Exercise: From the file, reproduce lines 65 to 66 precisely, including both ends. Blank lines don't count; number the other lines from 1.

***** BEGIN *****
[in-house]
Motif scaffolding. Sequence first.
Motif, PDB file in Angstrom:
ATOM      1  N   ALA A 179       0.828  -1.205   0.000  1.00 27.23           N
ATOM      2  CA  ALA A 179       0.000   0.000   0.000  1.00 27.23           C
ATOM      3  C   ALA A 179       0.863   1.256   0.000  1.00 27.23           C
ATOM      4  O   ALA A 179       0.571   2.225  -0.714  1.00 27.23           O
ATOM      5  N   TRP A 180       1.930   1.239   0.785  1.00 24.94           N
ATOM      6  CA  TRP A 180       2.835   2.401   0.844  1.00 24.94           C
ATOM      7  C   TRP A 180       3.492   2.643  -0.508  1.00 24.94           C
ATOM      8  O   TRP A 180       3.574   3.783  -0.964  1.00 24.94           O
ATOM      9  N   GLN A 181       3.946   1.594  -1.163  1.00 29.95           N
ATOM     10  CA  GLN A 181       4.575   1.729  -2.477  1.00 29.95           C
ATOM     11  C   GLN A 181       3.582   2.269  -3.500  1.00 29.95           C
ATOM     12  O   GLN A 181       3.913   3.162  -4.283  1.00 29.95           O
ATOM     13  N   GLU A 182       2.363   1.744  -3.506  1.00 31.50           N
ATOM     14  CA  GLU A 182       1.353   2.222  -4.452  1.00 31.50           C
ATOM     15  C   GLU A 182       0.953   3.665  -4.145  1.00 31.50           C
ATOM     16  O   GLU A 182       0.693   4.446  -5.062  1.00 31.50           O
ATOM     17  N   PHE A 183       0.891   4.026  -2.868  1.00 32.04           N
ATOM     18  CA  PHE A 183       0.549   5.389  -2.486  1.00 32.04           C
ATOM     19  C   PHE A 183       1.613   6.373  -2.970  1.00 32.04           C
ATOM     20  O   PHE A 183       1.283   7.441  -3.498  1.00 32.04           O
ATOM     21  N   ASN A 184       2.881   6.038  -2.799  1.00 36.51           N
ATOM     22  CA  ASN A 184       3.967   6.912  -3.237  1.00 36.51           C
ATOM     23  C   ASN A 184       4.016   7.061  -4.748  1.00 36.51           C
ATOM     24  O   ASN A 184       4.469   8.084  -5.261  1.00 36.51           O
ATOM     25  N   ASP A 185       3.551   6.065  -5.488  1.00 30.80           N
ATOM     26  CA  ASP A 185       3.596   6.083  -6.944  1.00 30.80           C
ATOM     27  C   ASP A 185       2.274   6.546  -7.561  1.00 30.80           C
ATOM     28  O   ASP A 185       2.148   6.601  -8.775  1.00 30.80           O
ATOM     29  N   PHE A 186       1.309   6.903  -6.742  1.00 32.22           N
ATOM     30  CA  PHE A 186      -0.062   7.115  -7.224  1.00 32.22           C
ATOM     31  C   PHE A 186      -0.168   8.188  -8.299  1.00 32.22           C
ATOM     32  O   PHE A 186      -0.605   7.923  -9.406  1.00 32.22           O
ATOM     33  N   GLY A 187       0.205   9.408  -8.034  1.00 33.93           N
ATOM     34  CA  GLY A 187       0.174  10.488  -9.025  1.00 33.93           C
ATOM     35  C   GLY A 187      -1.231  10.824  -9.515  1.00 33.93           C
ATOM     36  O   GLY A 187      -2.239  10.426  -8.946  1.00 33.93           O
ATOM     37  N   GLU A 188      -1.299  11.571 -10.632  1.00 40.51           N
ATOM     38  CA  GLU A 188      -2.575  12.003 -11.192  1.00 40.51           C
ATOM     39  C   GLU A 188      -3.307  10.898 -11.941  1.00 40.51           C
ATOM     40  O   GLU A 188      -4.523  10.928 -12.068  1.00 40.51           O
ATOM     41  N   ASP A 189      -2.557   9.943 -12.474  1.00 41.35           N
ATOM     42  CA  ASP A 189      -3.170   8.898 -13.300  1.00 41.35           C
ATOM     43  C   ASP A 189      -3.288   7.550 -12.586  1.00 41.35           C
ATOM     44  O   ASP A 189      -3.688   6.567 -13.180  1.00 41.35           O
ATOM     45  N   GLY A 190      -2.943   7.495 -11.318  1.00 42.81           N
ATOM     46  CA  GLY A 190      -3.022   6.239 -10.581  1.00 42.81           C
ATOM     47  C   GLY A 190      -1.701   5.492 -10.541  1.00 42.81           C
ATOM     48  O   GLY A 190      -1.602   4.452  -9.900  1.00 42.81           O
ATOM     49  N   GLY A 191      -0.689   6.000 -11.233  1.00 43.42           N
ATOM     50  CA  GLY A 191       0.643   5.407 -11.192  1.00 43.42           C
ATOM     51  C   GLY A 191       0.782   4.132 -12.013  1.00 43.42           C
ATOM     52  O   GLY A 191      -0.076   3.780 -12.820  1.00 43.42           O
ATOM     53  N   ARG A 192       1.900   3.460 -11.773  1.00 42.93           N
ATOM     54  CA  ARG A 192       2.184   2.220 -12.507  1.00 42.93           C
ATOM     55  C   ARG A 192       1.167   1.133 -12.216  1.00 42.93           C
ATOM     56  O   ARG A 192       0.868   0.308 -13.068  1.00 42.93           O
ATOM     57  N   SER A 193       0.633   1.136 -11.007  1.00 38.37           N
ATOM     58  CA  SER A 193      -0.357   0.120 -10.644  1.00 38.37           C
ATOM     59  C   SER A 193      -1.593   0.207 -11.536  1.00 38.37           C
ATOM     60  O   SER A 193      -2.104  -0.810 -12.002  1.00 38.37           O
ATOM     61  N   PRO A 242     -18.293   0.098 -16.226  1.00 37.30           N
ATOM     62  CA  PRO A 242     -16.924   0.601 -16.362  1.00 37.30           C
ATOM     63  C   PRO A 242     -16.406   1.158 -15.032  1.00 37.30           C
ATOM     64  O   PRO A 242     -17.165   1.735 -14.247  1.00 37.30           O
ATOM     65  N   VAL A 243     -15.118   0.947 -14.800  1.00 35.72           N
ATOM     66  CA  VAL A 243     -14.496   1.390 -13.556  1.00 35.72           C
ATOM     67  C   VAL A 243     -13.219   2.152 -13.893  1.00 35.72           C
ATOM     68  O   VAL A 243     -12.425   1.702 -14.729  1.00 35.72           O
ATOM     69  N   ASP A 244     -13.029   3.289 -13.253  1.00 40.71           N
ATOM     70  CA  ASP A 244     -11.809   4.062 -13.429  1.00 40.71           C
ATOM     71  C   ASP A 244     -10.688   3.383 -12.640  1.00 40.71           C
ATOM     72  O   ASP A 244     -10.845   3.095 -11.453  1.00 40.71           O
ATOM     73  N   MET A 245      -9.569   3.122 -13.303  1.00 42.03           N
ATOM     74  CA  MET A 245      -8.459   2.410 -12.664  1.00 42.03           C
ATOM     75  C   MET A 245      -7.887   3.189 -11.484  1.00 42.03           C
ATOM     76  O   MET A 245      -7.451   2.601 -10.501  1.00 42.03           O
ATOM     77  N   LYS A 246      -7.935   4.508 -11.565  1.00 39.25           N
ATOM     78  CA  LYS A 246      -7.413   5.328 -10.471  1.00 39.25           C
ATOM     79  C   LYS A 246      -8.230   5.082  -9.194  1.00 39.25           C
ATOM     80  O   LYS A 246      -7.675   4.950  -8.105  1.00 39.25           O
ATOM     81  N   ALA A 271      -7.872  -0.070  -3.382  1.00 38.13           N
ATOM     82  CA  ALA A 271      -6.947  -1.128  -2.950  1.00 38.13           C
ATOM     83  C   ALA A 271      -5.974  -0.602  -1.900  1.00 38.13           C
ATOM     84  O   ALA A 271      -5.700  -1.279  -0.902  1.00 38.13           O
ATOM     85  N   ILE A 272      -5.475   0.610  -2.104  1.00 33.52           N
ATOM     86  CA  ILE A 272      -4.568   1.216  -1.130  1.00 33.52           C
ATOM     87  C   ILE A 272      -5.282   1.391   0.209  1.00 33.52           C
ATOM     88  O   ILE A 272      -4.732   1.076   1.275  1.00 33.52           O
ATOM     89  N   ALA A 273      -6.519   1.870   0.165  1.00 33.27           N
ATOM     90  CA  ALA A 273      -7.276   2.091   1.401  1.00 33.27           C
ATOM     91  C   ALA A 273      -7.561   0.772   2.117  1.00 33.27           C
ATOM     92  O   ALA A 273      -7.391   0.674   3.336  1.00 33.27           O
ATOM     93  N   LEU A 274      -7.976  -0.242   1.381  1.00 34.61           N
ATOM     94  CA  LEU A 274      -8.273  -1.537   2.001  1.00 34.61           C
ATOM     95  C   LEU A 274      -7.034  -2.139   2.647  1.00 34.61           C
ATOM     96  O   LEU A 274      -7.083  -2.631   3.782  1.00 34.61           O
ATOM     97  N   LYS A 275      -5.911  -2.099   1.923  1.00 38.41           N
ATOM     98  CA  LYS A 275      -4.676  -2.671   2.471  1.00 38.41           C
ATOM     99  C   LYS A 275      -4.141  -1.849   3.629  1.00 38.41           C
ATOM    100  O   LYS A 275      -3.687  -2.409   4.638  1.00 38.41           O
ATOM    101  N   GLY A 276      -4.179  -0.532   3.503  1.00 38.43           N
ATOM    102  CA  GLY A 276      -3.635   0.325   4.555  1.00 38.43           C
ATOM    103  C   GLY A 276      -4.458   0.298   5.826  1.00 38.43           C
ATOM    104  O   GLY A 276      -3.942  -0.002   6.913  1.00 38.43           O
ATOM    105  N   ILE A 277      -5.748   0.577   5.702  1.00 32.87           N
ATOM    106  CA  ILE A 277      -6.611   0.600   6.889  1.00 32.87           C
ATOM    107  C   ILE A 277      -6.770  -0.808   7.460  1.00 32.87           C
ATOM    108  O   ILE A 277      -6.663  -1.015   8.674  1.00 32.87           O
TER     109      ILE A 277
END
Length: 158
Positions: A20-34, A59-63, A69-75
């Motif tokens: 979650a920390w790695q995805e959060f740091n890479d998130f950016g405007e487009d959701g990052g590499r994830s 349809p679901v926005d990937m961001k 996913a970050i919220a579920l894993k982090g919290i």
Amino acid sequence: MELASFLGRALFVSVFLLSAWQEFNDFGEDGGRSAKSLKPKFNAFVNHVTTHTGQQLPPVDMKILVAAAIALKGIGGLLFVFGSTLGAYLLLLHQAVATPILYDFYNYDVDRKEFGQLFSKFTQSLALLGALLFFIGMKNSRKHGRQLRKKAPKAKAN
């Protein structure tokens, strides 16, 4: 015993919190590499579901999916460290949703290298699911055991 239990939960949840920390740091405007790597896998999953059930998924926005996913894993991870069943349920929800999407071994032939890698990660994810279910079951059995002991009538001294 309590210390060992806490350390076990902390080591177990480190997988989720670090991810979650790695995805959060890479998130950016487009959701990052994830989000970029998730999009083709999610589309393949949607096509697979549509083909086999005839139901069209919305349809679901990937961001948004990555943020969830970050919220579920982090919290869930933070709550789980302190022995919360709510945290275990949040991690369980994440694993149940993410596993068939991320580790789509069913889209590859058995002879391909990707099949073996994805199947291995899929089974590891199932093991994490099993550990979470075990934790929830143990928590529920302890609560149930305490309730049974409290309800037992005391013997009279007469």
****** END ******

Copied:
ATOM     62  CA  PRO A 242     -16.924   0.601 -16.362  1.00 37.30           C
ATOM     63  C   PRO A 242     -16.406   1.158 -15.032  1.00 37.30           C